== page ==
Rebel Well: for those who experience religious intolerance or who are undocumented citizens

This piece is part of Rebel Well: a Starter Survival Guide to a Trumped America for Teens and Emerging Adults.

FOR THOSE WHO EXPERIENCE RELIGIOUS INTOLERANCE

You may have heard threats that the incoming presidential administration intends to compel all Muslims to register, or deport Muslim immigrants and refugees, while many members of the Jewish community are facing anti-semitic harassment. These threats come from a place of hatred, and the civil rights community is already working on strategies to address them should they become a reality.

Set up a plan for what to do if you need to go underground — hopefully you won’t ever need it, but it will help you locate resources and genuine supporters in the community even if you only wind up using them for emotional or other less dire support. Start looking now for interfaith groups, which often have a strong social justice bent, and get involved with their work, building support along the way.

Find your people: Whether you live in a big city or a small town, find your people, starting with the local synagogue, mosque, temple, or meeting. If there isn’t a youth or young adult group, start one. If there is, join it. If it’s bad, make it better. Your house of worship may also offer smaller, more dedicated groups for people of all ages talking about various issues that can provide you with more intimacy. Develop networks in your community so you have backup if you have problems at home or at school. If you have a small or unsupportive faith community, online groups can provide a space for talking about issues of importance and seeking help.

National advocacy groups like the Anti-Defamation League, Council on Islamic-American Relations, Sikhs for Justice, Hindu American Foundation, Friends Committee, and more are committed to tracking and acting on hateful acts, while the Southern Poverty Law Center and American Civil Liberties Union are interested in your civil rights as a person of faith. If you want to resist/take progressive action in the company of other Jews, look up Bend the Arc. Both state and federal law include a range of faith-related provisions that specifically outlaw against discrimination in housing, employment, education, and more, and these laws are unlikely to face repeal in the near future.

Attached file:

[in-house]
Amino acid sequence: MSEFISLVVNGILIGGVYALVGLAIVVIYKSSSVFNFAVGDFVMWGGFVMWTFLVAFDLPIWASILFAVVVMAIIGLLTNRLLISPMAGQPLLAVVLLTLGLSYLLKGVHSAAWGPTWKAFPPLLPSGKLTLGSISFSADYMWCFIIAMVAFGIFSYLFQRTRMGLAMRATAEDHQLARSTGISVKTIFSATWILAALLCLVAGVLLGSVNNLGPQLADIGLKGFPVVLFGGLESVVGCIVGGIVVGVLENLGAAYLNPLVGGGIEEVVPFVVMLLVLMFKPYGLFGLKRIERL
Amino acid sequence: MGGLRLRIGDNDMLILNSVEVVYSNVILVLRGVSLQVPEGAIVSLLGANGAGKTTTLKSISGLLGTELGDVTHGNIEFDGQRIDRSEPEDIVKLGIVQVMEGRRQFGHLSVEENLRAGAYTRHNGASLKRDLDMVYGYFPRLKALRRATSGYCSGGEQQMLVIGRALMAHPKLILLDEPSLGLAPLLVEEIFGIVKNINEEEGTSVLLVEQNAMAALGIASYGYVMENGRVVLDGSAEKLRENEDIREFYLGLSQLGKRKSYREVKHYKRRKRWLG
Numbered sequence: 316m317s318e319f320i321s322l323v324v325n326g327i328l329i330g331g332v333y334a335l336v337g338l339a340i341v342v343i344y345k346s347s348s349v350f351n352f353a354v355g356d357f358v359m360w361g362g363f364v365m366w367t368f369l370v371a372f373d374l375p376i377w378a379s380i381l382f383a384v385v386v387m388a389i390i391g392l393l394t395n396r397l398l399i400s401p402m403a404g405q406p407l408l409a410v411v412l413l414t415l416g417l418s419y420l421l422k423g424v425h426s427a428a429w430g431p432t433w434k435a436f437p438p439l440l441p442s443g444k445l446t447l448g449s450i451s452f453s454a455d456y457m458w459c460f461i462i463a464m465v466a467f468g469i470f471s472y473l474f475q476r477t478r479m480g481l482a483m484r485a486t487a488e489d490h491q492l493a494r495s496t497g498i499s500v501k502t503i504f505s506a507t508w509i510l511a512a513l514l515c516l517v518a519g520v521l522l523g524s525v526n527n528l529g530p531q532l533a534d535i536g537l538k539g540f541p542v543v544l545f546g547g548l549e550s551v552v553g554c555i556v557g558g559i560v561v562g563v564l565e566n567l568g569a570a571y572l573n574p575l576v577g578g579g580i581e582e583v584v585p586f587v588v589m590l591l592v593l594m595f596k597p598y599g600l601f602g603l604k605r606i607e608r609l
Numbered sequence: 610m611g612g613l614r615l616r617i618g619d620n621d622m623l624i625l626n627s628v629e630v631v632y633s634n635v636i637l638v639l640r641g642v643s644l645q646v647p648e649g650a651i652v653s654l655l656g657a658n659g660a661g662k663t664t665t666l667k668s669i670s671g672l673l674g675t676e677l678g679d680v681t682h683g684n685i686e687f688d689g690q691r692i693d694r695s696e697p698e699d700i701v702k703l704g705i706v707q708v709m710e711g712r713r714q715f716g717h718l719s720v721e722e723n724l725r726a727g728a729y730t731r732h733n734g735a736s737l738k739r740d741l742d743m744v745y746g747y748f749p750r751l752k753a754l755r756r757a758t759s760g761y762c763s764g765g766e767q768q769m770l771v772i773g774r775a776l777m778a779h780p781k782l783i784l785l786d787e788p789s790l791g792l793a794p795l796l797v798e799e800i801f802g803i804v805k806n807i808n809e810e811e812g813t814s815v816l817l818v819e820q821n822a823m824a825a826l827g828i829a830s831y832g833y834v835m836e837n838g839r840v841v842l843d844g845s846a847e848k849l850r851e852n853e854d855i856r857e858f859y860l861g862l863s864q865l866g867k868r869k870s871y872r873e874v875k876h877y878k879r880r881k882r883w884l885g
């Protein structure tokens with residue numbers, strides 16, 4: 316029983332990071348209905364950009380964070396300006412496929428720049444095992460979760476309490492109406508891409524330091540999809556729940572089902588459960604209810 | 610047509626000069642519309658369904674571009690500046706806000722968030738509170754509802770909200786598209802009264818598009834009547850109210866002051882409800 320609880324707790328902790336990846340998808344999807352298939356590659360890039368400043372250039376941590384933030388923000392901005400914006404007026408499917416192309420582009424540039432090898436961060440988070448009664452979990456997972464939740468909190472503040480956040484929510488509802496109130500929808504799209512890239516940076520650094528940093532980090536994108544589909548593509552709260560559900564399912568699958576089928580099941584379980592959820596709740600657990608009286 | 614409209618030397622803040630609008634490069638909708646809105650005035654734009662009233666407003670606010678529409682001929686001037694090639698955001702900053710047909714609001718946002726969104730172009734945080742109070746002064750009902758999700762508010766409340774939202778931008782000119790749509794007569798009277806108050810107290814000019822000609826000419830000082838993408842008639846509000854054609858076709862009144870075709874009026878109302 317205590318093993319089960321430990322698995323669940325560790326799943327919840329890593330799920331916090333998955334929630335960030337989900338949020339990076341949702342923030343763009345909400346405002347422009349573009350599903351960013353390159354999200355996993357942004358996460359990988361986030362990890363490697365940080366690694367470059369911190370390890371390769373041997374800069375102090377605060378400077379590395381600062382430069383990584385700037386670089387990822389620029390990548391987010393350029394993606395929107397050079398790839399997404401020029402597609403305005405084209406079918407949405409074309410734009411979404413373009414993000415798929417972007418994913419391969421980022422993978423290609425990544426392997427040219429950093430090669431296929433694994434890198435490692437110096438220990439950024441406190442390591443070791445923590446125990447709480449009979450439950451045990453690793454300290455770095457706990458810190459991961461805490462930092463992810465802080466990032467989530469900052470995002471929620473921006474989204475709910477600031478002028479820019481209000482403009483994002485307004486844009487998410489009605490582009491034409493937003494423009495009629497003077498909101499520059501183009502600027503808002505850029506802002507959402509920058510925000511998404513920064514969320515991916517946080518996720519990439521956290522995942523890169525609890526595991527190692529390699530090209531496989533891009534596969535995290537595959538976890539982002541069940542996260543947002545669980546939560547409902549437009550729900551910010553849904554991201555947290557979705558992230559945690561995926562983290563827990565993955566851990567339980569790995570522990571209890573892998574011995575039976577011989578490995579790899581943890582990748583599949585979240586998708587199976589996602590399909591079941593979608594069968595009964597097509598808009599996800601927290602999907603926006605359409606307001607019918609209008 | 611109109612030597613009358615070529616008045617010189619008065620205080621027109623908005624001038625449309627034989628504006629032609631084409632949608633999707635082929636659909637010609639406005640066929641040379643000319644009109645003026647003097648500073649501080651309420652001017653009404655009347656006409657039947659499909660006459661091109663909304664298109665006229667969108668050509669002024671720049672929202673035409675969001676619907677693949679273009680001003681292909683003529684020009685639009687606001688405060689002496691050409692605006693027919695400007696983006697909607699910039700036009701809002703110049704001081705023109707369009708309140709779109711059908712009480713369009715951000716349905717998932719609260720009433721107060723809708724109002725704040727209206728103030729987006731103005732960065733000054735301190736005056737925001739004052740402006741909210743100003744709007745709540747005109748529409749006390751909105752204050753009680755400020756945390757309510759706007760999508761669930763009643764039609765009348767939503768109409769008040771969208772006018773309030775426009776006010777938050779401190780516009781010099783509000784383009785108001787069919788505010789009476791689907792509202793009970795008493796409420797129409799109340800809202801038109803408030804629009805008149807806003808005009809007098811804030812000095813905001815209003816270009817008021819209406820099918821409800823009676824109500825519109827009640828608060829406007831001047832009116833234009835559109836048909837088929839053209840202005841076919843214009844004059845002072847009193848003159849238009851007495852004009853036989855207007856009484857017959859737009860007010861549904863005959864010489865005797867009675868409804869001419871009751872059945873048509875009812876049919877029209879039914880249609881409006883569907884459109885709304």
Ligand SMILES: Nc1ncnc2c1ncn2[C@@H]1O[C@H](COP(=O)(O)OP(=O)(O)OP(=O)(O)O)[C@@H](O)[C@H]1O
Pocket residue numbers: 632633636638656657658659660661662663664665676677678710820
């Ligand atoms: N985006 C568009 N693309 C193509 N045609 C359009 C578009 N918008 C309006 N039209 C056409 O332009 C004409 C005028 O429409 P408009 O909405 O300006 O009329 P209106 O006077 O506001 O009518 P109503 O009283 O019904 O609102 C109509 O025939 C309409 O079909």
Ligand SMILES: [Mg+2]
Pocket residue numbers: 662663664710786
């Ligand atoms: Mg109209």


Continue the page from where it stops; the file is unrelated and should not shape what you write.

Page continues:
FOR THOSE WHO ARE UNDOCUMENTED CITIZENS

With aggressive crackdowns on immigration promised by the incoming administration and some states, undocumented people risk government action and harassment from people emboldened by institutionalized racism.

If you have protected status under Deferred Action for Childhood Arrivals: Talk to an immigration attorney or resource group RIGHT NOW about how to handle the situation. You may lose legal protections, and your presence on the DACA list could make you a target. If you have not filed  for DACA, immigrant rights groups are advising against doing so now.

Develop a safety plan now: Find three local and trustworthy people to stay with, and keep their contact information with you at all times. Have a getaway bag that includes basic necessities for several days along with all of your most important documents, along with readily available cash for emergencies.

Connect with local agencies and organizations that are available to help you, also in advance — keep their numbers handy and if you have a relationship with a staffer there, list that person’s name as your advocate if you have an encounter with law enforcement. This can include churches, some of which are offering sanctuary for immigrants. In the long term, these groups can help you explore options for protecting your immigration status.

You may be entitled to special immigration protections if you are the victim of a crime. This includes cases where people are engaged in illegal practices and threatening you with deportation in an attempt to silence you.


all of rebel well: front page •  why we made this guide • for everyone • healthcare • relationships & sex • conflict resolution • for those suffering harassment online, at school or at work • for those in abusive/controlling relationships, or who are homeless, transient or in the foster system • for those who are trans or LGBQ • for those who are of color • for those who experience religious intolerance or who are undocumented citizens • for those who are disabled • for those interacting with the justice system • for those engaging in active protest • when everything seems terrible or nowhere feels safe • how to help each other & improve this godawful mess • resources and helplines